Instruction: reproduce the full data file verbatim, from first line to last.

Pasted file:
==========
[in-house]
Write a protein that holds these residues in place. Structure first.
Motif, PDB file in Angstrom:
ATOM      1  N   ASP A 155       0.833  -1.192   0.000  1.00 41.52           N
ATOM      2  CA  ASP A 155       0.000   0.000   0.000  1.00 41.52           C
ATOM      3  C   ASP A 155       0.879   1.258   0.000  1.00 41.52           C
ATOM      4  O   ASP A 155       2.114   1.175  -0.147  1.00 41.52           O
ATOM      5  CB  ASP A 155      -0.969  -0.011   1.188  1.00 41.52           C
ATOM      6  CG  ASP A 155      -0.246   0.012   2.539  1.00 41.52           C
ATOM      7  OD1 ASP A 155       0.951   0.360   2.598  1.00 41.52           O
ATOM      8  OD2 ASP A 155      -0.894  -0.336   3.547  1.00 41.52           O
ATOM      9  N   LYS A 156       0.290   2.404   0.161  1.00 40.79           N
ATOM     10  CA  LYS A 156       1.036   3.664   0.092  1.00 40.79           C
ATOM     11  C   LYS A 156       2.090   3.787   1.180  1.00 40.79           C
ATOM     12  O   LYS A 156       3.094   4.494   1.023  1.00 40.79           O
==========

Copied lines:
[in-house]
Write a protein that holds these residues in place. Structure first.
Motif, PDB file in Angstrom:
ATOM      1  N   ASP A 155       0.833  -1.192   0.000  1.00 41.52           N
ATOM      2  CA  ASP A 155       0.000   0.000   0.000  1.00 41.52           C
ATOM      3  C   ASP A 155       0.879   1.258   0.000  1.00 41.52           C
ATOM      4  O   ASP A 155       2.114   1.175  -0.147  1.00 41.52           O
ATOM      5  CB  ASP A 155      -0.969  -0.011   1.188  1.00 41.52           C
ATOM      6  CG  ASP A 155      -0.246   0.012   2.539  1.00 41.52           C
ATOM      7  OD1 ASP A 155       0.951   0.360   2.598  1.00 41.52           O
ATOM      8  OD2 ASP A 155      -0.894  -0.336   3.547  1.00 41.52           O
ATOM      9  N   LYS A 156       0.290   2.404   0.161  1.00 40.79           N
ATOM     10  CA  LYS A 156       1.036   3.664   0.092  1.00 40.79           C
ATOM     11  C   LYS A 156       2.090   3.787   1.180  1.00 40.79           C
ATOM     12  O   LYS A 156       3.094   4.494   1.023  1.00 40.79           O